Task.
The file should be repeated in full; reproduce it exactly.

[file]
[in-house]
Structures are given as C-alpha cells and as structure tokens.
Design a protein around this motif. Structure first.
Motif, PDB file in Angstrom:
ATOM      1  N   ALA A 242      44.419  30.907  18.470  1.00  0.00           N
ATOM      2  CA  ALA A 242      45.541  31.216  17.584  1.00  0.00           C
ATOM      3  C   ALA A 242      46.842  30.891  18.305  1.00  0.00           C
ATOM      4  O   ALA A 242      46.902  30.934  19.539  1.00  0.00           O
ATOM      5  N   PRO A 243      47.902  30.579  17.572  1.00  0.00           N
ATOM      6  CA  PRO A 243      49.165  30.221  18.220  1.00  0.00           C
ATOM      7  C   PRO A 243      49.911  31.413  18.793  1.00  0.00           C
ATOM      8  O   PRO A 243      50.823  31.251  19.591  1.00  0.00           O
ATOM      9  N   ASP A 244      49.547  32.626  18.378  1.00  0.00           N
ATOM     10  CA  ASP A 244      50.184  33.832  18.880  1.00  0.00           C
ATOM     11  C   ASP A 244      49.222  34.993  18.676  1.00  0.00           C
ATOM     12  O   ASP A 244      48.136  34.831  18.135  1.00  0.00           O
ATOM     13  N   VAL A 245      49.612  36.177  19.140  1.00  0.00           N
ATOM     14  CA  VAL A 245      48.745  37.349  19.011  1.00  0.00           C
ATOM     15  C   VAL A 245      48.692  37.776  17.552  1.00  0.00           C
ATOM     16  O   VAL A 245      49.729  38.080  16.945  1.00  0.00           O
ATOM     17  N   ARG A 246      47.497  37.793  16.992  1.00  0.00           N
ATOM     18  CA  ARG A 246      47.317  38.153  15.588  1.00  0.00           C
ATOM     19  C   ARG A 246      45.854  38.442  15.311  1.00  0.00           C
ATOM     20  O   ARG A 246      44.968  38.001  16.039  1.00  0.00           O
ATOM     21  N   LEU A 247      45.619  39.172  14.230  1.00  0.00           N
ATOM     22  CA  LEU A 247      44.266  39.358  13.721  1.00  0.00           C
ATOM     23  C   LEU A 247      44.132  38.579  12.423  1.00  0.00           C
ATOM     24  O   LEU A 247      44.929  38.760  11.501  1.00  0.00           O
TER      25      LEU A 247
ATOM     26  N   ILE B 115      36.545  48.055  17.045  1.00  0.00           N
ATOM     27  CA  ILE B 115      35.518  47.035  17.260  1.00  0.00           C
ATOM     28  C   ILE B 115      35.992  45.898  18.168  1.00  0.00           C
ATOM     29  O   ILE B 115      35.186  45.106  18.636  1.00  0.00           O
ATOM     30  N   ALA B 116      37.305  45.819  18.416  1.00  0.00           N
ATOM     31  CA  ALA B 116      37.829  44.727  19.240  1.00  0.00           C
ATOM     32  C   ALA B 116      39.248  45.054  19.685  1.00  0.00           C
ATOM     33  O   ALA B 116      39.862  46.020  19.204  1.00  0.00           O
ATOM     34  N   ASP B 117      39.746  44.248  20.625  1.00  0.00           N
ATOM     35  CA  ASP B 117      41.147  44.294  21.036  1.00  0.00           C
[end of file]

[in-house]
Structures are given as C-alpha cells and as structure tokens.
Design a protein around this motif. Structure first.
Motif, PDB file in Angstrom:
ATOM      1  N   ALA A 242      44.419  30.907  18.470  1.00  0.00           N
ATOM      2  CA  ALA A 242      45.541  31.216  17.584  1.00  0.00           C
ATOM      3  C   ALA A 242      46.842  30.891  18.305  1.00  0.00           C
ATOM      4  O   ALA A 242      46.902  30.934  19.539  1.00  0.00           O
ATOM      5  N   PRO A 243      47.902  30.579  17.572  1.00  0.00           N
ATOM      6  CA  PRO A 243      49.165  30.221  18.220  1.00  0.00           C
ATOM      7  C   PRO A 243      49.911  31.413  18.793  1.00  0.00           C
ATOM      8  O   PRO A 243      50.823  31.251  19.591  1.00  0.00           O
ATOM      9  N   ASP A 244      49.547  32.626  18.378  1.00  0.00           N
ATOM     10  CA  ASP A 244      50.184  33.832  18.880  1.00  0.00           C
ATOM     11  C   ASP A 244      49.222  34.993  18.676  1.00  0.00           C
ATOM     12  O   ASP A 244      48.136  34.831  18.135  1.00  0.00           O
ATOM     13  N   VAL A 245      49.612  36.177  19.140  1.00  0.00           N
ATOM     14  CA  VAL A 245      48.745  37.349  19.011  1.00  0.00           C
ATOM     15  C   VAL A 245      48.692  37.776  17.552  1.00  0.00           C
ATOM     16  O   VAL A 245      49.729  38.080  16.945  1.00  0.00           O
ATOM     17  N   ARG A 246      47.497  37.793  16.992  1.00  0.00           N
ATOM     18  CA  ARG A 246      47.317  38.153  15.588  1.00  0.00           C
ATOM     19  C   ARG A 246      45.854  38.442  15.311  1.00  0.00           C
ATOM     20  O   ARG A 246      44.968  38.001  16.039  1.00  0.00           O
ATOM     21  N   LEU A 247      45.619  39.172  14.230  1.00  0.00           N
ATOM     22  CA  LEU A 247      44.266  39.358  13.721  1.00  0.00           C
ATOM     23  C   LEU A 247      44.132  38.579  12.423  1.00  0.00           C
ATOM     24  O   LEU A 247      44.929  38.760  11.501  1.00  0.00           O
TER      25      LEU A 247
ATOM     26  N   ILE B 115      36.545  48.055  17.045  1.00  0.00           N
ATOM     27  CA  ILE B 115      35.518  47.035  17.260  1.00  0.00           C
ATOM     28  C   ILE B 115      35.992  45.898  18.168  1.00  0.00           C
ATOM     29  O   ILE B 115      35.186  45.106  18.636  1.00  0.00           O
ATOM     30  N   ALA B 116      37.305  45.819  18.416  1.00  0.00           N
ATOM     31  CA  ALA B 116      37.829  44.727  19.240  1.00  0.00           C
ATOM     32  C   ALA B 116      39.248  45.054  19.685  1.00  0.00           C
ATOM     33  O   ALA B 116      39.862  46.020  19.204  1.00  0.00           O
ATOM     34  N   ASP B 117      39.746  44.248  20.625  1.00  0.00           N
ATOM     35  CA  ASP B 117      41.147  44.294  21.036  1.00  0.00           C